In a sea of silly stories during the Advent march to Christmas, I was pleasantly surprised to hear (via the Rev. Dr. R. Albert Mohler) a great piece on NPR. It's a perfect radio piece -- snippets from songs with an expert teaching you things you never knew. In this case, the topic is Christmas carols. Here's the transcript, here's the web version of the story, and here's the link so you can listen. I definitely recommend you choose the last option. Liane Hansen broadcast the story on Weekend Edition Sunday. She spoke with Philip Brunelle, founder and artistic director of a choral music organization, about how some traditional tunes of the holiday season had nothing to do with Christmas. Right off the top, it got into religion:
HANSEN: Here's a basic question, Philip, what's the difference between a hymn and a carol?
Mr. BRUNELLE: A carol is really something that was originally thought of as kind of a circle dance that was often accompanied by singing. Whereas a hymn is something that's going to have more theological implications and it's more likely to be in a kind of straightforward four-four movement, not something you're going to dance to.
Then she asks about the history of Christmas hymns and when they started to be included in worship services. You can thank the Lutherans. They then discuss how some English hymns were incorporated into ritual. "Adeste Fidelis" was originally in Latin but translated into O Come All Ye Faithful by a number of translators. Nobody knows who wrote the melody.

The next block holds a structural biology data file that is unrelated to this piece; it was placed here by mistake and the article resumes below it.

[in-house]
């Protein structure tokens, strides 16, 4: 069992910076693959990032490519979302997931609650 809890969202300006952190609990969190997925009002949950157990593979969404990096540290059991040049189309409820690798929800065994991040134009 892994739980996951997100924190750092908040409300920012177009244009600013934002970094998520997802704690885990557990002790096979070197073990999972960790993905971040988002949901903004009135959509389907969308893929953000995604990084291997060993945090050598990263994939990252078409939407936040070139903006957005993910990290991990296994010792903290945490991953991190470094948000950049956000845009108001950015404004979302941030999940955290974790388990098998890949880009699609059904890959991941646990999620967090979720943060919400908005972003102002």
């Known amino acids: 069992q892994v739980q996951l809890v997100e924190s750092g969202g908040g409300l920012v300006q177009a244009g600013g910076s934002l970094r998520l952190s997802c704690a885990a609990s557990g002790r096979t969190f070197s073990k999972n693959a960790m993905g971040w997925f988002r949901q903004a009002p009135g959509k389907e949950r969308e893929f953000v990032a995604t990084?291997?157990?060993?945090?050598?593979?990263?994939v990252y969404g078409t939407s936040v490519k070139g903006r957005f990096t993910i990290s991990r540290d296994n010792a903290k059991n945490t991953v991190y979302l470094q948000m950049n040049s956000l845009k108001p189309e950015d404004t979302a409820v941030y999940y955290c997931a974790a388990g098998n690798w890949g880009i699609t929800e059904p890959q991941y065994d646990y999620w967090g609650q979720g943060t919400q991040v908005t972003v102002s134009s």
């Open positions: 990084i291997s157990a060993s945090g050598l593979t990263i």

My favorite bit was about "Hark the Herald Angels Sing." I was a bit skeptical about the claim that a Felix Mendellssohn hit wasn't originally for worship, being that he was another Lutheran, but here's the story:
Mr. BRUNELLE: One of the great hymns that, of course, originally had zero to do with Christmas. The music by Felix Mendelssohn was composed for a male chorus in 1840 to celebrate the 400th anniversary of Gutenberg's printing press. And after the ceremony was done, people said, oh, that's just a wonderful, wonderful tune and it can be something else sacred. And he said it will -Mendelssohn said it will never work with a sacred text.
Well, how wrong he was because 20 years later, the combination of Wesley's words and his music came together and we got "Hark, the Herald."
(Soundbite of song, "Hark the Herald Angels Sing")
CHORUS: (Singing) Veiled in flesh the godhead see, hail the incarnate deity.
Mr. BRUNELLE: Every time you hear that, that spot (humming), those three notes right there are Gutenberg in the original. So, you can either sing "Hark the Herald" words or sing Gutenberg.
Anyway, listen to the whole thing for more stories -- the boar's head one is also a hoot -- and some exquisite clips of carols old and new. It would be difficult to ignore the religious dimensions of this story and while it could have been more substantive doctrinally, it did do a good job of explaining the how melodies help people remember and love their carols. (And why "The Fruitcake That Ate New Jersey" didn't last through the ages.)
And here's a special treat a reporter friend sent along -- snippets from the latest Sufjan Stevens Christmas tracks.